Last weekend I spoke to a money changer friend at the Kenya-Uganda border post.
He’s a good guy, so I do my bit to keep him in business whenever I pass through.
He doesn’t like politics, but has an eye on economic developments. Business, he said, wasn’t brilliant, except for the Ugandans who are selling food — especially the staple grains maize and beans — to Kenya.
Those guys, he said, were laughing all the way to the bank and the slide of the Uganda shilling against Kenya’s was putting even more money in their pockets.
But the biggest headache for the border money changers, he said, was technology. “Credit and debit cards are killing us,” he said. “They used to be just a few, but these days many people have them.
There is no need to exchange Kenya to Uganda shillings or vice versa if you have a credit or debit card and can pay at your hotel, or withdraw money at an ATM when you need it,” he said.
He added that mobile money landed the killer punch.
Forex bureaus in the big cities are not about to all die, but the border money exchangers are a different kind of animal.
In recent years, they existed partly because of what gung-ho East Africanists consider an anomaly — the fact that the East African Community does not have a common currency.
I didn’t probe him on how mobile money has affected his business, because I had an inkling.
The Uganda government and the telecoms regulator, the Uganda Communications Commission (UCC), in the past year have throttled the industry to near death through regulatory overreach.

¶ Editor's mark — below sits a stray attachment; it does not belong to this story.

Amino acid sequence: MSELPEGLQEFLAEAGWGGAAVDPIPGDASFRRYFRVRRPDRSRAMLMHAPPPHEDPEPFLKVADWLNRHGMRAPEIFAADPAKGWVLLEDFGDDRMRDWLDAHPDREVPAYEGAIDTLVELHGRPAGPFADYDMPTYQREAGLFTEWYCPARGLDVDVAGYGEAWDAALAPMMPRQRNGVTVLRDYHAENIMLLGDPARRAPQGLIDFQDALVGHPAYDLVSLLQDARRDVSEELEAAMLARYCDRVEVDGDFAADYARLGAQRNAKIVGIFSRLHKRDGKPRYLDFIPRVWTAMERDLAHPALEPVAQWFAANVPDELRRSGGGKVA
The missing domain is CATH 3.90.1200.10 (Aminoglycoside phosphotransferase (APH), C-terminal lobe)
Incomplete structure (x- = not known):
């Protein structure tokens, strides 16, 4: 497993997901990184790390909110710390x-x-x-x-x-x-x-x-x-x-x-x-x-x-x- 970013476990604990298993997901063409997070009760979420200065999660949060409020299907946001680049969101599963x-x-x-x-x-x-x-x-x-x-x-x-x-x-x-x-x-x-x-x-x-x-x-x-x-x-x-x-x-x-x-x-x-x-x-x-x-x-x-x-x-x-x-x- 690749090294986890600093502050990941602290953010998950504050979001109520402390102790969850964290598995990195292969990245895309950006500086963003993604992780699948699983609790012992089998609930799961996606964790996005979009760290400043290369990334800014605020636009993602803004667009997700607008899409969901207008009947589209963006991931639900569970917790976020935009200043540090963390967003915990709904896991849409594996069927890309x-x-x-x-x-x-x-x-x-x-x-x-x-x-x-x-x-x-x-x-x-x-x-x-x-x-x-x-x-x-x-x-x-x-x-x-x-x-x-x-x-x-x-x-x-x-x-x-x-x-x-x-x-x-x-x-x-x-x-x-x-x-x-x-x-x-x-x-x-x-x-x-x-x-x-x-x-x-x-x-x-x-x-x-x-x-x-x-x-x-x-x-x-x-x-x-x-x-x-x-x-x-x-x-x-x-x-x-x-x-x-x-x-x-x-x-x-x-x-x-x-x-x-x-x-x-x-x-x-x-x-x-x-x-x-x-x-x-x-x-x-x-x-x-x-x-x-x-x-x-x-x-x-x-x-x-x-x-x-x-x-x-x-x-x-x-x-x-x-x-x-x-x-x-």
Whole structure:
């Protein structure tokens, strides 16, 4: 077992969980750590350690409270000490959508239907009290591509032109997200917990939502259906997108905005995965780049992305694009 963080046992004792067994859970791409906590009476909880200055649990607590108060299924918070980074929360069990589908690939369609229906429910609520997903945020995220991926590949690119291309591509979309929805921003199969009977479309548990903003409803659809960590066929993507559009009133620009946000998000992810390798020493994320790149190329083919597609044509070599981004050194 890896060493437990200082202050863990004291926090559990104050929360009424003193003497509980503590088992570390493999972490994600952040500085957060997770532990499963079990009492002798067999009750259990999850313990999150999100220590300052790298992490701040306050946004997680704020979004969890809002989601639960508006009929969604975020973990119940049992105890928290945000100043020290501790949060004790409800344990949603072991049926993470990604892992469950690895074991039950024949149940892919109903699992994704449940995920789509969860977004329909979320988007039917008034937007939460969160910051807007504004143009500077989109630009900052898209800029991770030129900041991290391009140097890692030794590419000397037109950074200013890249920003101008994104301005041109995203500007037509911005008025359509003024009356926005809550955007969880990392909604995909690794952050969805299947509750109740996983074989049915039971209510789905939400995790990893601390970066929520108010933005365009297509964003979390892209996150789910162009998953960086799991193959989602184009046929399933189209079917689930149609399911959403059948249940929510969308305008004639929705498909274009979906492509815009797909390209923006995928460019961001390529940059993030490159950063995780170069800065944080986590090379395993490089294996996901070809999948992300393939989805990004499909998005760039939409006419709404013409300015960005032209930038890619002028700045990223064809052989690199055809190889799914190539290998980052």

If you are a foreigner applying for a Ugandan visa, or a Ugandan applying for a national passport, it will probably be easier for you to get it than to replace your lost simcard.
However, because at the border you can get a signal from the mobile providers for some distance into each of the neighbouring countries, Kenyan telcos have profited from the mess.
Kenya’s simcard registration was more competently done, and a generally enlightened regulatory regime has grown up around it.
The results of that are becoming quite odd. A Ugandan at the border, with her Ugandan ID, can replace her Safaricom simcard in minutes, but today may not be able to replace her Ugandan MTN simcard at all.
So there is a drift toward subscriptions with Kenyan service providers.
First to market
If two years ago you had a regular fixer at the border who helped you with car clearance to enable you to cross, he almost certainly had two mobile phone numbers — a Ugandan and a Kenyan one.
Today, don’t be surprised that he has only one — a Kenyan one.
These shifts mean not just the increased use of Kenyan services at the border areas but, especially, given the convenience their digital wallets bring along with it, also opens the possibility eventually the Kenya shilling may become the default currency on the Ugandan side of the border areas.
Many more months of this to come, and I am afraid I may not find my friend next time I pass through.
Why bother to buy Ugandan shillings, when the Kenyan currency will do just as well — if not better.